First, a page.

I just read an article about blogging that gave suggested blogging topics. One was “What are your top 5 distractions and how do you deal with them?” I don’t really need ideas about what to blog about, I just write what’s in my head, but this one interests me a bit. I’m not sure where it’s going to go, but isn’t that the way with distractions?
And the soul of the rose went into my blood
I’m a self employed artist, so sometimes distractions are useful, creative things that are part of the process. My distraction in the spring and summer is my garden. Not sitting in it, working in it. It’s creativity in another form. It doesn’t get my accounts done, nor does it finish a drawing, but it does feed my soul. And that’s important to an artist. Actually I think it’s important to everyone, its just that time, when controlled by someone else, (an employer), doesn’t have room for soul-feeding. So it’s called a distraction. Keep focused, keep on task, or free up your time and feed your soul. Or that’s what I’m saying anyway. (1)
Chewing on the cud
Rumination is probably my biggest distraction. I don’t even know what I’m ruminating about half the time. My brain just does this thing where it goes wandering off , very frequently into deep waters that are not that safe, but also just wandering around aimlessly. It’s hard to explain what I’m thinking about. It takes over though and makes it really hard to move. Quite often it just repeats the same thoughts over and over again. I say “it”, I mean “I”. I guess I should own it, but often it doesn’t really feel like I’m in control at all. Daydreaming. Sometimes its daynightmaring. Either way, it sucks me into a deep deep well. I don’t do terribly well at anything else while I’m doing that. (2)
What will you do to keep away the black dog that worries you at home?
The black dog lurking in the corner, just a blink away in your peripheral vision: it’s long been a metaphor for depression. Metaphors are ok for explaining how you feel, but if you can use them as a life line, they’re even better. I discovered that if I beckoned the black dog into the room, gave her a stroke and a pat, asked her what’s wrong, she’s a lot less scary and a lot less, erm, looming. That’s because my depression is often down to unexpressed distress I guess. If I get to express it, I feel less depressed. But sometimes that old dog, she sits in the corner and whines, and it’s a distraction. (3)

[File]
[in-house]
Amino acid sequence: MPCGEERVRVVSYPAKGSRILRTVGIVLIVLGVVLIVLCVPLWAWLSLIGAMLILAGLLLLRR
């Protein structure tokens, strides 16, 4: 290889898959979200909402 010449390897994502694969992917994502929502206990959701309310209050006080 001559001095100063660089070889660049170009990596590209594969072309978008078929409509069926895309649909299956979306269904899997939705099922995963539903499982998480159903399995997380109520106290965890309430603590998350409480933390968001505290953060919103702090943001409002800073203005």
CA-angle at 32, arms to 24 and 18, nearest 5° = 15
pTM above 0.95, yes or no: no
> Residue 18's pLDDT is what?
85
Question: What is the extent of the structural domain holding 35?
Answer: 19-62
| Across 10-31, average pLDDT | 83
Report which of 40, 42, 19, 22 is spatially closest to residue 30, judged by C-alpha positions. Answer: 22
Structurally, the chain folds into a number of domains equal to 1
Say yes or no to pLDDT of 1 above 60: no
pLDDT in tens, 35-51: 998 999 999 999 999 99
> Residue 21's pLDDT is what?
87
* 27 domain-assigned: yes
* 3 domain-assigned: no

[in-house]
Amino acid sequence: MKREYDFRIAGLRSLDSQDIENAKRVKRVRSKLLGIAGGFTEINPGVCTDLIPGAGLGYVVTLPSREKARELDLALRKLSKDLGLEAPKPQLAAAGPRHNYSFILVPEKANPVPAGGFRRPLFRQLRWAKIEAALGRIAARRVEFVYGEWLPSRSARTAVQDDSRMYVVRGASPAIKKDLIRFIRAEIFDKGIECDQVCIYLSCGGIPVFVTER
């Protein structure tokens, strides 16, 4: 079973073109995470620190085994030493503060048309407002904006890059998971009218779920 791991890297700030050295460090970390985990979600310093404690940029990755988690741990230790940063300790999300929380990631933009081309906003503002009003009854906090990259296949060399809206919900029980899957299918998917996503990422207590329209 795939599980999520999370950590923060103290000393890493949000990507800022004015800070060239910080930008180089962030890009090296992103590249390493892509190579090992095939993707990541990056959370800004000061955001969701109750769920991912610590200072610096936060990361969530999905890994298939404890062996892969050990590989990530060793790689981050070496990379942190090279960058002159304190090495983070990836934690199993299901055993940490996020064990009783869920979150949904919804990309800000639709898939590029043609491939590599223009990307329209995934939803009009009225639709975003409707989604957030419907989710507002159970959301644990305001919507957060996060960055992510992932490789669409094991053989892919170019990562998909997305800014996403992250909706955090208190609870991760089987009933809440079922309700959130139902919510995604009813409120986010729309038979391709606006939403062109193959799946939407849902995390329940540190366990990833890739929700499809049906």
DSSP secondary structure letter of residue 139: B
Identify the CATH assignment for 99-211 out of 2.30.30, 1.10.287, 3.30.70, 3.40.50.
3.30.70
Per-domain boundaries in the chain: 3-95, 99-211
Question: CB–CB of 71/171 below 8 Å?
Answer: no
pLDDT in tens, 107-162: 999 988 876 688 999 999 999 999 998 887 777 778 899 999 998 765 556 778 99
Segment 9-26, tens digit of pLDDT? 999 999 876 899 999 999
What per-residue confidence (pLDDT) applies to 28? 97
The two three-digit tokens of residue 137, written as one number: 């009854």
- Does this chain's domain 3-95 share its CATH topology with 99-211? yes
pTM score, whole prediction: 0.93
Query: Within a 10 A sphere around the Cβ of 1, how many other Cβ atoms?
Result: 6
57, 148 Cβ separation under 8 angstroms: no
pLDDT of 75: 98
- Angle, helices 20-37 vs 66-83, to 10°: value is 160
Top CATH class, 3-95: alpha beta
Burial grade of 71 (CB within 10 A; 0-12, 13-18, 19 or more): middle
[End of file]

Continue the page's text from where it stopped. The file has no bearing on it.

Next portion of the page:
Don’t sit so close to the telly, you’ll get square eyes
I watch too much TV. It’s not even good TV. Reruns of crime drama usually. It’s like a sedative; sometimes it even sends me to sleep, and actually that’s a good thing. I guess it’s a safer addiction than say Valium, but it seems pretty hard to kick. It’s a great distraction while I’m doing a repetitive tedious task. Other times it distracts me when I’m supposed to be doing my accounts or cooking tea, or important things like that, which maybe isn’t so great. (4)
‘aving a reet good cal
When I was a teenager it would take me twice as long to get home from school as my sister. That’s mainly because of Shahida. Or Jane. Or Deborah. I’d never quite finished what I wanted to say by the place where our paths diverged. So there we’d stand, on the corner of the street, cal-ing. And now you don’t have to be even in the same country to chat with someone. It’s bloody distracting. But it’s bonding too. It doesn’t matter whether it’s incisive and intellectual or just small talk, humans need to communicate. Except the ones that don’t. But no-one could mistake me for one of those. (5)
And what about you?
What distracts you? I’d really like to know. I can’t be the only person who watches repeats of Lewis ad nauseum?
(1) This is almost certainly a misuse and misinterpretation of what Tennyson meant in his poem Come Into The Garden Maud, but I’m shamelessly borrowing it because I like the sound of the words.
(2) Mindfulness is very good for breaking a spell of rumination. It’s what gets me up in the morning. If you want to read more about rumination, depression and mindfulness, I’d recommend The Mindful Way Through Depression: Freeing Yourself from Chronic Unhappiness by Jon Kabat-Zinn et al, though the included meditation CD was just too California for me.
(3) Samuel Johnson is attributed with the first known use of the black dog as a metaphor for depression, and this quote is from a letter to James Boswell 1779 or thereabouts. I’m not an expert, I just did a very quick bit of research. Please feel free to correct or add.
(4) My Granpop used to say this to me. If you’re as old as me, someone probably said it to you too.
(5) Cal -ing is Leeds speak for chatting. “A was avin a cal wi’ ‘er next door.”